The Paws to Recycle program, aimed at raising recycling awareness, continues to do its job while raising the awareness of local animal shelters.
The program, now in its seventh year, is an alliance between Alcoa Inc., Pittsburgh, the American Humane Association (AHA), Englewood, Colo., and Friskies PetCare, Los Angeles, that encourages shelters to collect aluminum cans to raise money for operating costs while competing for cash prizes. In 2000, more than 100 shelters participated and nearly 500,000 pounds of aluminum cans were recycled, according to Christina French, program coordinator. According to Courtney Green, marketing manager for the AHA, more than 6 million pounds of cans have been recycled since the program began.
At the end of the program, which runs from September through November, four grand prizes of $3,000 each are awarded in four categories: most cans recycled in a non-profit or animal group; most aluminum cans recycled in a government animal care and control agency; best community involvement; and best publicity. Wild-card winners also receive $500. And Friskies provides coupons for free cases of dog and cat food to all participating shelters.
“[Free coupons are] the one thing these organizations need more than anything else,” says Barbara Royer Healy, a Friskies consultant. In addition, shelters can redeem aluminum cans for cash at nearby recycling facilities.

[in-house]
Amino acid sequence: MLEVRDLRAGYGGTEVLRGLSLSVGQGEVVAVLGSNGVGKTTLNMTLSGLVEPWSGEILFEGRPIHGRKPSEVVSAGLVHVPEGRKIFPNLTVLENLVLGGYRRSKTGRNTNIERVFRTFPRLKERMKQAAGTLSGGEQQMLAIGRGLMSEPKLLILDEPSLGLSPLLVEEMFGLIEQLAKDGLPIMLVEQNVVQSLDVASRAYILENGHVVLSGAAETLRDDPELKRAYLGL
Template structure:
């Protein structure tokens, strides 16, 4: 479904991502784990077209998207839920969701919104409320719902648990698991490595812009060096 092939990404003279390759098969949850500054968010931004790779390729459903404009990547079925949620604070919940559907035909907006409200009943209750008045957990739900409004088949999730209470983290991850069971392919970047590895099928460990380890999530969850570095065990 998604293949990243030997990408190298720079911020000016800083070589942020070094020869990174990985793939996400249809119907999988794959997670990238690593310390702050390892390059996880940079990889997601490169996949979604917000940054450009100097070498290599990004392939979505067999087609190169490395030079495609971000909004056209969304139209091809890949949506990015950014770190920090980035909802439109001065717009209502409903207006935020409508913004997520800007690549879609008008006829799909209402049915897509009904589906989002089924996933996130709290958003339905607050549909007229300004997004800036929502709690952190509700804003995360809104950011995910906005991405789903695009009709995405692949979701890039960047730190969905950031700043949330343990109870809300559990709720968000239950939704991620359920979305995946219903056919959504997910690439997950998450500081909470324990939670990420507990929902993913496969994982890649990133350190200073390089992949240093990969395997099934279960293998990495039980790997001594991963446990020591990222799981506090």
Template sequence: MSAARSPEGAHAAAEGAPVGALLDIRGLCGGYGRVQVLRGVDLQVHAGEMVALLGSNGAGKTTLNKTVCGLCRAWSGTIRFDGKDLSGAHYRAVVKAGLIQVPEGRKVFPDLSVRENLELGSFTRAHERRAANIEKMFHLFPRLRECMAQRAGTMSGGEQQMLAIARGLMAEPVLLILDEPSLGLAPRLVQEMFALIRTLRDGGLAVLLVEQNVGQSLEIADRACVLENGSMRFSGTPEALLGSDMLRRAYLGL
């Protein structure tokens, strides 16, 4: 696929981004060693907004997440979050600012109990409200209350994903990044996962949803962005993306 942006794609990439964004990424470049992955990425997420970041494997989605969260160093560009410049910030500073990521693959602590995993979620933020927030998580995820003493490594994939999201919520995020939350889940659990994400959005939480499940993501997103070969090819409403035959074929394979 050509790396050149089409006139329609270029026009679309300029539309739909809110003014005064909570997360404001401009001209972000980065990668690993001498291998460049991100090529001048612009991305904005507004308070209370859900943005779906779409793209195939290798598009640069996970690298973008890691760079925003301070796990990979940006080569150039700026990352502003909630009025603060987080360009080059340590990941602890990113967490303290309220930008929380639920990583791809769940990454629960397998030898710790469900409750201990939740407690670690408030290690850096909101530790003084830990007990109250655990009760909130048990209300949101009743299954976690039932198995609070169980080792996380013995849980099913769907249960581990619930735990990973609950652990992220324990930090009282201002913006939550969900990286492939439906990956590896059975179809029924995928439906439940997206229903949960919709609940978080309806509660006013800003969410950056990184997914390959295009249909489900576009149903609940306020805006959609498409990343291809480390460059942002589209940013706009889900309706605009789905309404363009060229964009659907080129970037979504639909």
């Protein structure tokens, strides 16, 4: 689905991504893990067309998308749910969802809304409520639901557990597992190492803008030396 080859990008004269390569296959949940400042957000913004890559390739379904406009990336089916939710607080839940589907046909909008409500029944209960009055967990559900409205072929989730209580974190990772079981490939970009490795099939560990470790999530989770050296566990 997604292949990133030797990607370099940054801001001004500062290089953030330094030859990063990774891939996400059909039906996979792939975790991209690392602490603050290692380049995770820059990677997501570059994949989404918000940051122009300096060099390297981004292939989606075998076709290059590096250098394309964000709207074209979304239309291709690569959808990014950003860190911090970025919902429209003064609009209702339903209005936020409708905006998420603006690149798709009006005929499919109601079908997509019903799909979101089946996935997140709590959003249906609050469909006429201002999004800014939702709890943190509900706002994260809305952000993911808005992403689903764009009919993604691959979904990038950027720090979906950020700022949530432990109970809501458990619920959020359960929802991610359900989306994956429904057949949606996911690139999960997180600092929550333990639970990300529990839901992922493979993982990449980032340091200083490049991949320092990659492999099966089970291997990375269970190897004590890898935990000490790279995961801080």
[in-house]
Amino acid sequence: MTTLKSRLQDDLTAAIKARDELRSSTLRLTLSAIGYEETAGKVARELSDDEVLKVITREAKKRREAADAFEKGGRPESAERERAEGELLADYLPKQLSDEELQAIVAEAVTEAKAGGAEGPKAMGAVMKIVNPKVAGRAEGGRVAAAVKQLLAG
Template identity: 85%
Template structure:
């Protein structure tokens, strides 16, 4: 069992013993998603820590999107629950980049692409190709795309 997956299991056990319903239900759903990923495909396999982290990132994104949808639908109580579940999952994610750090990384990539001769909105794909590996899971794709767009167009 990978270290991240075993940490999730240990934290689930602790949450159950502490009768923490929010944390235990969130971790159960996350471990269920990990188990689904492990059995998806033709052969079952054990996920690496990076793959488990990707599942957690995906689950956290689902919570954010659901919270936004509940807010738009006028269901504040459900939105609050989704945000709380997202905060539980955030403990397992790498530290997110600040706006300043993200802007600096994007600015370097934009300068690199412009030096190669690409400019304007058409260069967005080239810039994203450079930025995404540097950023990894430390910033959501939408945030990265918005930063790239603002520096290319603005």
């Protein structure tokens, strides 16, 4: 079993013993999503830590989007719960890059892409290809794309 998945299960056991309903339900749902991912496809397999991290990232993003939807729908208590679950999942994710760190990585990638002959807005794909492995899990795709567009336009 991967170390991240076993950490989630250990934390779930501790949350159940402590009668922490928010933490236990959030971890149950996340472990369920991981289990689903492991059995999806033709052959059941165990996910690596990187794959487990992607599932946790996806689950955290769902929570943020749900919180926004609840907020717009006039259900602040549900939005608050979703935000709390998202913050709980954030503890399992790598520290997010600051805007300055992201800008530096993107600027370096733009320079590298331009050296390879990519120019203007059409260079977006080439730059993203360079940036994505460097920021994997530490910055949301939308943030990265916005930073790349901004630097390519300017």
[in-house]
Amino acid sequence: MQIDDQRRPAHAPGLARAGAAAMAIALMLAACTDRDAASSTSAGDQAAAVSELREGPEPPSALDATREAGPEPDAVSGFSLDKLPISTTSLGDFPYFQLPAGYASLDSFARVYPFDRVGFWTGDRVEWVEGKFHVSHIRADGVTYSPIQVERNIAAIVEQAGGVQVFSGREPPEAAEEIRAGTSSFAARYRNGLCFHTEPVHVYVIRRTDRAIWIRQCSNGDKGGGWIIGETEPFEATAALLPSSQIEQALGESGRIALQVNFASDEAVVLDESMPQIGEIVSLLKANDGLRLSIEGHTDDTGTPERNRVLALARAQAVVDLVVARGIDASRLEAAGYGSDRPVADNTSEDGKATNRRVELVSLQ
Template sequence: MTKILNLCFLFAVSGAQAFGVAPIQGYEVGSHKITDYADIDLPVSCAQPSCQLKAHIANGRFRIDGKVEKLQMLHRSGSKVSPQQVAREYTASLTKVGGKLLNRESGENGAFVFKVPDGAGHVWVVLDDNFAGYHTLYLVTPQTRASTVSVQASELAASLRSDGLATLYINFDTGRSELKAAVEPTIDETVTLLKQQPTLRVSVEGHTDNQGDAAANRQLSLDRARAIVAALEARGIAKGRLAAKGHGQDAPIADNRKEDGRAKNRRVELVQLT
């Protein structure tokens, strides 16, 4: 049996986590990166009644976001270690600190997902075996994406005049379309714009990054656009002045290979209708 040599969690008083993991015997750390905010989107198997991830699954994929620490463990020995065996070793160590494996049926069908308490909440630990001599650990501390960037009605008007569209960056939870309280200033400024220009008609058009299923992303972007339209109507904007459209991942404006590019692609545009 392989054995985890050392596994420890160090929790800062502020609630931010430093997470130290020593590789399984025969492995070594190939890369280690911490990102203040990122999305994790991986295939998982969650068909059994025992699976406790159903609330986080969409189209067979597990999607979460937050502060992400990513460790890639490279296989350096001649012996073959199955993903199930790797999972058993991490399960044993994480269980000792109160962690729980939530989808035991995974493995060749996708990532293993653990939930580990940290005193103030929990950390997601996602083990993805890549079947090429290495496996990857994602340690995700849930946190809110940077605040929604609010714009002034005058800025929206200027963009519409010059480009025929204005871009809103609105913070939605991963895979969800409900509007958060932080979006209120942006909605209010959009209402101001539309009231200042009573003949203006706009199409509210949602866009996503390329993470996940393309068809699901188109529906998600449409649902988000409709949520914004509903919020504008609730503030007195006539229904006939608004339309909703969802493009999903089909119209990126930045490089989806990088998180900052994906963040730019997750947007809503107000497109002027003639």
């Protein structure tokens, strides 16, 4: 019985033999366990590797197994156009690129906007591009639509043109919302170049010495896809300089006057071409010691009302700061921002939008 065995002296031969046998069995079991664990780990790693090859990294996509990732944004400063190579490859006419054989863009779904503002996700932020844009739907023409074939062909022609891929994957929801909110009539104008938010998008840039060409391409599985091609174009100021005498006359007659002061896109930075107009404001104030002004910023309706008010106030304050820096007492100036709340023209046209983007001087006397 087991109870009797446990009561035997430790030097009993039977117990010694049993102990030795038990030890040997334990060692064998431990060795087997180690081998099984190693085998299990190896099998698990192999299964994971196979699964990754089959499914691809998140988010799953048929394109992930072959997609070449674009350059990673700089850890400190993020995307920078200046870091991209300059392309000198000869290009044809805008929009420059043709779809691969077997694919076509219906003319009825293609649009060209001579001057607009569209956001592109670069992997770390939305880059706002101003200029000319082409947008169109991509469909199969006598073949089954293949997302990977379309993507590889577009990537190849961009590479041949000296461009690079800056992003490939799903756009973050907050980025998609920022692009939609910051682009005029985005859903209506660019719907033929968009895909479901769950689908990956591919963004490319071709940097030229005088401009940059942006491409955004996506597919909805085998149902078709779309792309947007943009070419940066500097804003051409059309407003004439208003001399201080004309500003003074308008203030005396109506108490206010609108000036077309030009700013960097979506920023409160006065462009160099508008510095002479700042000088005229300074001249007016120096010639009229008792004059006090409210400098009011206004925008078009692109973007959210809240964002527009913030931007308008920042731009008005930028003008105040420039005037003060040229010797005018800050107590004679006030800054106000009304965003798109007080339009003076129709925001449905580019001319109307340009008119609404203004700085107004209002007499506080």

AHA says the program has helped reduce shelters' operating costs by raising more than $2 million. “And the money [the shelters receive] from the program is unrestricted income, so they can use it however they want,” Green says. According to Royer Healy, “some shelters recycle all year long because it's so successful.”
Alcoa affords the cost of the program, and Friskies pays for Paws to Recycle to be part of the AHA's annual conference. The Paws to Recycle program also sends out press releases, sponsors a kick-off event and conducts radio tours to spread the word.
Increasing recycling education is a main goal of Paws to Recycle, French says. Guidelines are given to ensure all cans are cleaned out, that only certain types of cans are recycled, such as excluding aerosol cans.
Another goal, according to Royer Healy, is to increase awareness of animal shelters. “Most people think shelters are [just] for euthanization,” she says. “They're not aware of the therapy programs such as taking animals to nursing homes.” She says the program has helped in this way.
“The program is a win-win situation and has been a widely accepted program,” says Bonnie Conrad of the Paws to Recycle program. “The object is to keep recycling up year-round and to give some money to shelters.”